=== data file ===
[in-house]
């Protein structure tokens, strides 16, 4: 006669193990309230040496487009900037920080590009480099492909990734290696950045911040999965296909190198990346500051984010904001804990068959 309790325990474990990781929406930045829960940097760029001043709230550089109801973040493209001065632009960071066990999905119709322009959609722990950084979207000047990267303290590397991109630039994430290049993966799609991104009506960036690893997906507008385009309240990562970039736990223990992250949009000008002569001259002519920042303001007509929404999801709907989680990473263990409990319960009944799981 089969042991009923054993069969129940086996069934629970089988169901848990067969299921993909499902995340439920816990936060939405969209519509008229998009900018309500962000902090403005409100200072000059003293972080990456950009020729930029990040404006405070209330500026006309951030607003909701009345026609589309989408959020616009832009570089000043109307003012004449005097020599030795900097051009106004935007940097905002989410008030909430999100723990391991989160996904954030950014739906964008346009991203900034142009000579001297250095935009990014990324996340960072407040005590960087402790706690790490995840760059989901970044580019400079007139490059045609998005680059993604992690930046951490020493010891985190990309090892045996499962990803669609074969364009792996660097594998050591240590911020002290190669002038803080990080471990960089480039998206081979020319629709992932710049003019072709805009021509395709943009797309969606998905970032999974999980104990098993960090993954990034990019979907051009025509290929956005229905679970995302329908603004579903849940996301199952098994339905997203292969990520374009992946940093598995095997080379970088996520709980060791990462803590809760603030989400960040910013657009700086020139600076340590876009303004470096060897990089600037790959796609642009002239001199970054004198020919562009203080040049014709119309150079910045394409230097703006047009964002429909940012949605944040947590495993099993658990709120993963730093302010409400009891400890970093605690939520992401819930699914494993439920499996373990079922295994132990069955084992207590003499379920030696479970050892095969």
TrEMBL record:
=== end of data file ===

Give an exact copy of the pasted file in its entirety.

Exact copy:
[in-house]
């Protein structure tokens, strides 16, 4: 006669193990309230040496487009900037920080590009480099492909990734290696950045911040999965296909190198990346500051984010904001804990068959 309790325990474990990781929406930045829960940097760029001043709230550089109801973040493209001065632009960071066990999905119709322009959609722990950084979207000047990267303290590397991109630039994430290049993966799609991104009506960036690893997906507008385009309240990562970039736990223990992250949009000008002569001259002519920042303001007509929404999801709907989680990473263990409990319960009944799981 089969042991009923054993069969129940086996069934629970089988169901848990067969299921993909499902995340439920816990936060939405969209519509008229998009900018309500962000902090403005409100200072000059003293972080990456950009020729930029990040404006405070209330500026006309951030607003909701009345026609589309989408959020616009832009570089000043109307003012004449005097020599030795900097051009106004935007940097905002989410008030909430999100723990391991989160996904954030950014739906964008346009991203900034142009000579001297250095935009990014990324996340960072407040005590960087402790706690790490995840760059989901970044580019400079007139490059045609998005680059993604992690930046951490020493010891985190990309090892045996499962990803669609074969364009792996660097594998050591240590911020002290190669002038803080990080471990960089480039998206081979020319629709992932710049003019072709805009021509395709943009797309969606998905970032999974999980104990098993960090993954990034990019979907051009025509290929956005229905679970995302329908603004579903849940996301199952098994339905997203292969990520374009992946940093598995095997080379970088996520709980060791990462803590809760603030989400960040910013657009700086020139600076340590876009303004470096060897990089600037790959796609642009002239001199970054004198020919562009203080040049014709119309150079910045394409230097703006047009964002429909940012949605944040947590495993099993658990709120993963730093302010409400009891400890970093605690939520992401819930699914494993439920499996373990079922295994132990069955084992207590003499379920030696479970050892095969």
TrEMBL record: